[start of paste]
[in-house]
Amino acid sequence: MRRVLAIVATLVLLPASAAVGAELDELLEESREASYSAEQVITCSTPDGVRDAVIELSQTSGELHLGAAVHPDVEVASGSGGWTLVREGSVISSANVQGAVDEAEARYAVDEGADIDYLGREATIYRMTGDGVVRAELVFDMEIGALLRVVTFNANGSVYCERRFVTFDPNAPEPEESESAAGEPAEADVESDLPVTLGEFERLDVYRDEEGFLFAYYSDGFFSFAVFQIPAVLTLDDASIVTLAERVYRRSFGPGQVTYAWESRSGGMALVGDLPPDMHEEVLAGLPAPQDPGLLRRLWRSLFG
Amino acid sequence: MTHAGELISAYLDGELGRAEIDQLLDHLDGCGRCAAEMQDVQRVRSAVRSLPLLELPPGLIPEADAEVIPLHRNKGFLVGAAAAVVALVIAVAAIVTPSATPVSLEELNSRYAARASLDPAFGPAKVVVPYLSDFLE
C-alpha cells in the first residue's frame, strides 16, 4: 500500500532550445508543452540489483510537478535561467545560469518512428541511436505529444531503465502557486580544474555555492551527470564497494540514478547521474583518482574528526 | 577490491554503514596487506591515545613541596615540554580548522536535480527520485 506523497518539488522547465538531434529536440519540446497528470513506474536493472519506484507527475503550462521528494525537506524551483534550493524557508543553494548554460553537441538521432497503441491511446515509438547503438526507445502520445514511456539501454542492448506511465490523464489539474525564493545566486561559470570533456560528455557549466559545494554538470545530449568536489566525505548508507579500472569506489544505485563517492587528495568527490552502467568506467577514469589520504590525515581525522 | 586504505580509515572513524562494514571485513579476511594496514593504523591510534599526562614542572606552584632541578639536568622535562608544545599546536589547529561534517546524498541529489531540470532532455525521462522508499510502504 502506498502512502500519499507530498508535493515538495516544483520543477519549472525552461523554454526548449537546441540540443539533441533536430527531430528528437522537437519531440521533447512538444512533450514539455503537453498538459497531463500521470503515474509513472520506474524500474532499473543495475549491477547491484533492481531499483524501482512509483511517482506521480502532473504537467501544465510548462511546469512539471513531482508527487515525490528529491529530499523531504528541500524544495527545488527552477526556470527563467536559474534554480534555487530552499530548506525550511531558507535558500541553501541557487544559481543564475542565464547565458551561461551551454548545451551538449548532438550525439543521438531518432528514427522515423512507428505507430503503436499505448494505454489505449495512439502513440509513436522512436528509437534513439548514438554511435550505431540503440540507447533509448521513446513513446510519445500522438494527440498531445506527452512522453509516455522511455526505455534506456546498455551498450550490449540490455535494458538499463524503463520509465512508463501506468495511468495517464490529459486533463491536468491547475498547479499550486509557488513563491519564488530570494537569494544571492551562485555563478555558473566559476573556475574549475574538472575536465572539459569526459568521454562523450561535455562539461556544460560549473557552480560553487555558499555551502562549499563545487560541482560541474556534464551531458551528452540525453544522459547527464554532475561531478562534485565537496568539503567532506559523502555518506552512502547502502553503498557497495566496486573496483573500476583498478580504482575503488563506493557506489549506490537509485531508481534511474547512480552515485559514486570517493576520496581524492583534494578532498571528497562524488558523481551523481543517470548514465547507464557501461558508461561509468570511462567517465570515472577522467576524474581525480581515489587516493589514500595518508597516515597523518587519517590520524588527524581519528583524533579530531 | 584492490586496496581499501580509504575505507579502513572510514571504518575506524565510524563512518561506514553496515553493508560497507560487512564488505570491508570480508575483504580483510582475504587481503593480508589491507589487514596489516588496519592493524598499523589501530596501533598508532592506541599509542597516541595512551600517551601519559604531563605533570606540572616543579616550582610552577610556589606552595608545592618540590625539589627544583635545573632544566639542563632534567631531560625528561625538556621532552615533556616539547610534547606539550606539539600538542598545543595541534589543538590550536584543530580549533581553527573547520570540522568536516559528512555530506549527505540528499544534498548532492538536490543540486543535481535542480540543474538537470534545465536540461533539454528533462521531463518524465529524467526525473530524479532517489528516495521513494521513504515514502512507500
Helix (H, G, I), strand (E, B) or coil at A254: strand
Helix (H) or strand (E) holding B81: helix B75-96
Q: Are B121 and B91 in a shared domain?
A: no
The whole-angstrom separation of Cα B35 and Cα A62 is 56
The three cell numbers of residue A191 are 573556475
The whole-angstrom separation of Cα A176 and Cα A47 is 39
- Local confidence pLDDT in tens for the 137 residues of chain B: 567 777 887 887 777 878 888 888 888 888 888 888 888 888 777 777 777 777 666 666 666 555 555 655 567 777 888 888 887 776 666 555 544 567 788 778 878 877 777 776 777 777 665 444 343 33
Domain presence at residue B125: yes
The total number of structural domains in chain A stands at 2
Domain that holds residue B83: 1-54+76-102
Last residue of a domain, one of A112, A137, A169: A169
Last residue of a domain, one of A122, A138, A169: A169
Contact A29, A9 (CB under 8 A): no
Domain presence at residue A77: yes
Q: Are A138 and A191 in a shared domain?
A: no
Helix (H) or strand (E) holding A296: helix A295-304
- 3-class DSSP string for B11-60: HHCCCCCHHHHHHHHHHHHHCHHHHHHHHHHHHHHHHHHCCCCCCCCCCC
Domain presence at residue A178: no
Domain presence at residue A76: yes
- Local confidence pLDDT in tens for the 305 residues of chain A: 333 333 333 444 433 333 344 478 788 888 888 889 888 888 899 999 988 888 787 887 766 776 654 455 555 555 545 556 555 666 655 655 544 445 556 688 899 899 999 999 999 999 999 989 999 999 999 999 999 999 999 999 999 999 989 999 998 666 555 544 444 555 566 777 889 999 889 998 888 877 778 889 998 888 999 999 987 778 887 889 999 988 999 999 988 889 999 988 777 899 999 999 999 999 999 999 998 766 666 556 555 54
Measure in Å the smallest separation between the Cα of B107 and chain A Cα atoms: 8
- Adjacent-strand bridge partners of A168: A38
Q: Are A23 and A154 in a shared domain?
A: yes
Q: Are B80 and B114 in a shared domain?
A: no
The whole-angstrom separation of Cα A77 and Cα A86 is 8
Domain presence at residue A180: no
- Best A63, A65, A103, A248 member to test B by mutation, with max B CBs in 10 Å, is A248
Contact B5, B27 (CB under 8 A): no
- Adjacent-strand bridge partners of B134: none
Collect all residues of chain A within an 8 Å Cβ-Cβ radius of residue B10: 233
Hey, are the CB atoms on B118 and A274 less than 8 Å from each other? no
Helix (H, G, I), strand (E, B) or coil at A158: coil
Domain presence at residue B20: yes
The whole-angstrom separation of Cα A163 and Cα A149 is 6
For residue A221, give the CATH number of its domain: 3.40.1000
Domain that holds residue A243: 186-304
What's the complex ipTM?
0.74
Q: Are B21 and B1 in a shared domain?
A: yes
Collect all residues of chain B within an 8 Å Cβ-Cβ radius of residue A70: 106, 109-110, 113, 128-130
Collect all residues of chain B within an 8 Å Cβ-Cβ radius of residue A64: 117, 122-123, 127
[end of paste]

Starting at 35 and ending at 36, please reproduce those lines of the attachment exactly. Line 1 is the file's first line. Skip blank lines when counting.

- Best A63, A65, A103, A248 member to test B by mutation, with max B CBs in 10 Å, is A248
Contact B5, B27 (CB under 8 A): no